“I am literally playing my Miles Davis record and picking the needle up over the Coltrane solo so I don’t have to listen to it,” D’earth said. “One night, I’m too lazy to get up and move this needle and his solo starts, which I had heard probably 20 times anyway and hated it, and it was like a conversion experience. I didn’t take it off this one night and BOOM! I heard it. And that’s when I learned what the difference was between hearing something and not hearing it.”
What he heard that night is not necessarily what anyone else listening to that piece of Coltrane would hear, because each person is different, nor is it the same for D’earth if he listened to that piece now.
“We are different every minute; everybody is changing every minute,” he said. “You are never the same. It is like a river. It is always the same; it is never the same. And that’s how people are, and that is why you can be disappointed by something that you thought you loved. And that is why, if you are not, after you have listened to something a thousand times, you know you’ve really got something.”
Portrait of Count Basie, Aquarium, New York, N.Y. Circa 1946-48. (The William P. Gottlieb collection at the Library of Congress)
And, he said, there are pieces of music you can outgrow, and pieces in which you find flaws, pieces in which you can appreciate the flaws.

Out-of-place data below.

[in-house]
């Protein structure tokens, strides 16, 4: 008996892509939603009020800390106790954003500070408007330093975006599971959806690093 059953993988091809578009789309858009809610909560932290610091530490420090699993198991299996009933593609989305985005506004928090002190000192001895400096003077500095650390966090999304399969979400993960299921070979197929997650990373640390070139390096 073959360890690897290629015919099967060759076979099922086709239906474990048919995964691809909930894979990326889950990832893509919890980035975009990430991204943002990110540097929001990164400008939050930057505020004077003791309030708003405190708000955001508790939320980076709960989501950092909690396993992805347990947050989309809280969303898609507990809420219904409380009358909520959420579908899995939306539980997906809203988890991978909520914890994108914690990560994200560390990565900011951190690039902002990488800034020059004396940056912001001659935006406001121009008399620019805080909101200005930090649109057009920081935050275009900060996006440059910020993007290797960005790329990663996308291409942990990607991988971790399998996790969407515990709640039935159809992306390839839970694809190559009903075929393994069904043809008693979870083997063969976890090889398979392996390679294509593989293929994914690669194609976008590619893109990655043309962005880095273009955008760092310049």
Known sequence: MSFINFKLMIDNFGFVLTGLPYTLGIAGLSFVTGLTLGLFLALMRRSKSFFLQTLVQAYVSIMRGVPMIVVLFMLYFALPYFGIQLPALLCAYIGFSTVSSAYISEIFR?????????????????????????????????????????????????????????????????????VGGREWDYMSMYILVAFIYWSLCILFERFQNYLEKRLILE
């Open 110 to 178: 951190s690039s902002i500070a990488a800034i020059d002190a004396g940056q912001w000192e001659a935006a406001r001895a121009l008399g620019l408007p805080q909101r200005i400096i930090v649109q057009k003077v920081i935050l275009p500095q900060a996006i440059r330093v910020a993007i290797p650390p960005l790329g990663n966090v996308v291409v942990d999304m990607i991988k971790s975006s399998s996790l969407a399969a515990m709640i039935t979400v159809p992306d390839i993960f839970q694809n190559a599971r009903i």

“There is a Count Basie record that has been put out under various names, ‘Atomic Basie’ ‘E=MC2,’” D’earth said. “I’ve been listening to this record since I was 11 or 12 years old. I would have told you until a couple of years ago, ‘This record is perfect. There are no mistakes on this record.’
“How wrong was I? But the thing is, it’s still the greatest record and I don’t dislike it because of the flaws; I can just hear them now because I can hear better. They just got away with it on my untutored ear. But now I hear the trumpet player crack, the lead trumpet was weird, this was weird, they didn’t quite make that – doesn’t matter. The feeling is so there, it is so unified, it is there every second. It’s like seeing a beautiful edifice and saying, ‘Oh, this brick is chipped.’”
And while D’earth has trained his ear, he admits that innovators are usually pilloried initially.
“Miles always would change his music and everybody, including me, hated the new music until we didn’t,” he said. “We had to catch up with him.”